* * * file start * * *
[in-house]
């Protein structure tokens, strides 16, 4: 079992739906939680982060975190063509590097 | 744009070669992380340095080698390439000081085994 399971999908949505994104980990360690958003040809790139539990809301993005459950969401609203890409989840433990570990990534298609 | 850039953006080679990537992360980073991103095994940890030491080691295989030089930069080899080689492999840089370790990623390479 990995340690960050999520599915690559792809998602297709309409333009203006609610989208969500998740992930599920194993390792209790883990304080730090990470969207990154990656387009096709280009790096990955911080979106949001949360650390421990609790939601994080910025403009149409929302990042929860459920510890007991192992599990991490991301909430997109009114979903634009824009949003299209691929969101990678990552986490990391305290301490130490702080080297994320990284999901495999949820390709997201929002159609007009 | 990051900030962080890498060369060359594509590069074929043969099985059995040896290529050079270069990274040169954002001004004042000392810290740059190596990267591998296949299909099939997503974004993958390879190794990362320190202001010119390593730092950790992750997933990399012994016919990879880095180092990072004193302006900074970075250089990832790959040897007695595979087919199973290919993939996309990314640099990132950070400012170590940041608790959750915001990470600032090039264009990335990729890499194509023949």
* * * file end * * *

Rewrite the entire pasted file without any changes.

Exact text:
[in-house]
């Protein structure tokens, strides 16, 4: 079992739906939680982060975190063509590097 | 744009070669992380340095080698390439000081085994 399971999908949505994104980990360690958003040809790139539990809301993005459950969401609203890409989840433990570990990534298609 | 850039953006080679990537992360980073991103095994940890030491080691295989030089930069080899080689492999840089370790990623390479 990995340690960050999520599915690559792809998602297709309409333009203006609610989208969500998740992930599920194993390792209790883990304080730090990470969207990154990656387009096709280009790096990955911080979106949001949360650390421990609790939601994080910025403009149409929302990042929860459920510890007991192992599990991490991301909430997109009114979903634009824009949003299209691929969101990678990552986490990391305290301490130490702080080297994320990284999901495999949820390709997201929002159609007009 | 990051900030962080890498060369060359594509590069074929043969099985059995040896290529050079270069990274040169954002001004004042000392810290740059190596990267591998296949299909099939997503974004993958390879190794990362320190202001010119390593730092950790992750997933990399012994016919990879880095180092990072004193302006900074970075250089990832790959040897007695595979087919199973290919993939996309990314640099990132950070400012170590940041608790959750915001990470600032090039264009990335990729890499194509023949």